Spring has sprung and today brought the first glimpse of summer weather. My houseplants moved outside this weekend. Well, most of them. My daylilies are doing well. Passersby often comment on them . . . even now, before the blooms. No scapes yet, but I keep checking.
It has been a strange winter – we are in an extreme drought here in Southwest Colorado. The Four-Corners is in an exceptional drought just south of us. I didn’t shovel snow once all winter. My strawberries and ice plant felt it. I winter watered the daylilies at least once a month. I’m hoping my blooms don’t suffer. It will be a bad fire season.
My last post was in the late fall about Santa’s Pants. Unfortunately, that plant was one of my few losses this year. After those blooms faded and I got my poinsettias to rebloom, I needed projects to get me through the winter. I took on orchids. Not just orchids, but learning about different types of media. For some reason, I was drawn to water culture.
My first partial water culture plant was a vanda. Man, I nearly killed that thing. It lost most its roots and got stem rot. I finally found a group dedicated to water culture orchids on Facebook. From there, I watched YouTubes . . . I got smarter. My vanda is alive and putting out new roots, living on my porch now.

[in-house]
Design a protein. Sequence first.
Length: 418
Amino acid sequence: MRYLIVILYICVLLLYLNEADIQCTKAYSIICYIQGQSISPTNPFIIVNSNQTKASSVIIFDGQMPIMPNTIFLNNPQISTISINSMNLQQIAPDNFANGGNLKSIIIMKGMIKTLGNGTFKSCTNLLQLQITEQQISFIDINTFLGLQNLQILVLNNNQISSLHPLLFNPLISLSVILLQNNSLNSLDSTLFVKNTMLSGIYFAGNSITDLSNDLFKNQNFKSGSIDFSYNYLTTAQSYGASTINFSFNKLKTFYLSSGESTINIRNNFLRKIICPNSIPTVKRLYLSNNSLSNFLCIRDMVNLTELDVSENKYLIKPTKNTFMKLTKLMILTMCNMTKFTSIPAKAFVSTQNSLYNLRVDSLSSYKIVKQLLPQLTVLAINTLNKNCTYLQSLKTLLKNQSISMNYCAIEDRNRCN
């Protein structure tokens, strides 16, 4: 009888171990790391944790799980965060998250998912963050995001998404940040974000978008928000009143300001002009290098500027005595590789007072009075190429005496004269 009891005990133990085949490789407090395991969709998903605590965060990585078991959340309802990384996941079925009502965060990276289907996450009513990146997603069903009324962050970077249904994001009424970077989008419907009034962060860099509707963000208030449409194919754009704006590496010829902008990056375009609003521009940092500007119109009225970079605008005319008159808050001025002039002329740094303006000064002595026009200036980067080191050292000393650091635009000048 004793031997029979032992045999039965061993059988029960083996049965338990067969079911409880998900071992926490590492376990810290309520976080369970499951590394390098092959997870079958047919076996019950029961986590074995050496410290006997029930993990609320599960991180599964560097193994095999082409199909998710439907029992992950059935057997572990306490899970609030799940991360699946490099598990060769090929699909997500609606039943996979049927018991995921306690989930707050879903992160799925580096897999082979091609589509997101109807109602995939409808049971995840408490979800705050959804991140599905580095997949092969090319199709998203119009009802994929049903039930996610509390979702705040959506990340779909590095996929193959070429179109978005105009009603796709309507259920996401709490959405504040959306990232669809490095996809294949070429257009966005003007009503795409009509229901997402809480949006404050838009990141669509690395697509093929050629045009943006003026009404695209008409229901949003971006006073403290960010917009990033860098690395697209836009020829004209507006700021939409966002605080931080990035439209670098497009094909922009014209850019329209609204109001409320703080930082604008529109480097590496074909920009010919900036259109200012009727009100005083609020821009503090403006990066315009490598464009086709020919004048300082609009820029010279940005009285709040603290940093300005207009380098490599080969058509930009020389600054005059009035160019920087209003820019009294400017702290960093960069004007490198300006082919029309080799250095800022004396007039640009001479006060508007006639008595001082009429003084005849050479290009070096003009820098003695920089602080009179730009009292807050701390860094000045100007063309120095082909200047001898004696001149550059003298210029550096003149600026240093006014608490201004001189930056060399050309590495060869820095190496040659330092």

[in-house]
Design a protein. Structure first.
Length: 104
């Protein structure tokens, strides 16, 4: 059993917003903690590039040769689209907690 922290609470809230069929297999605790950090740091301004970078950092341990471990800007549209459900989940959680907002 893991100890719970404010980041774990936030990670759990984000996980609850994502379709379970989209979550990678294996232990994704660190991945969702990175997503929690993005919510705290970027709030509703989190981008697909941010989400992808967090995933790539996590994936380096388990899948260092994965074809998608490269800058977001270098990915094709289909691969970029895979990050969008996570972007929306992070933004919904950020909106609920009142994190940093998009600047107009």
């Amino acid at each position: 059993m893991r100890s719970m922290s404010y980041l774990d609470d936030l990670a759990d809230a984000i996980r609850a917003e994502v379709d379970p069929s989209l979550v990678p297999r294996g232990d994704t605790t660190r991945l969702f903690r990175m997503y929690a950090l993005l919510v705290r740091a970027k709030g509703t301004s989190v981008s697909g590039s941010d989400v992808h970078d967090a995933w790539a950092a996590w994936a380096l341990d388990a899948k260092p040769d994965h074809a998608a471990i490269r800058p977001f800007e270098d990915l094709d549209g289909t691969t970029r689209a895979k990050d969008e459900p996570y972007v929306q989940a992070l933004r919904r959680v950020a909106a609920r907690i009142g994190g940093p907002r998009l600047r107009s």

I started trying phalaenopsis orchids in water culture. Winter is a bad time to start cause old roots rot while they grow new roots that are adapted to water. Only about 1/4 to 1/3 of the root goes in the water. Oh, and I tried an oncidium in water . . . it flourished so now I have 3. In fact, I have quite a collection now. Three phals are from last year. I currently have about 2 dozen phals, 3 dendrobiums, 3 oncidiums, 2 miltoniopsis, 2 cymbidiums, 2 cattleya, 1 common ground orchid, 1 paph, 1 phrag, and the 2 vandas. Oh, and some very small baby cuttings of Pleurothallis sclerophylla, Masdevallia, Liparis, Bulbophyllum, and Coelogynes.
Not all are in water culture. I learned about growing in semi-hydro (lava rock with some water at the bottom). And, I have a few around in regular wood chips or moss. I love the way the roots look in a container . . . reminds me of a placenta.
I like orchids for much the same reason that I love daylilies – big, colorful blooms. Some of the species even have similar strap leaves. Interestingly, neither species can produce a true blue flower. What I find enticing about orchids is that the blooms last for months. And, some species bloom year around. Mostly, they bloom fall-spring, which makes them a good match for my summer daylilies. They teach patience, though, as buds, roots and leaves take forever to do their thing. Daylilies teach us to live in the moment because nothing lasts forever.
I wanted to log in and start gearing up for blogging season. I hope you enjoy my winter bloomers. Most will rest and grow new leaves and roots for the fall bloom whilst we enjoy the upcoming daylilies. Do you prefer orchids or daylilies?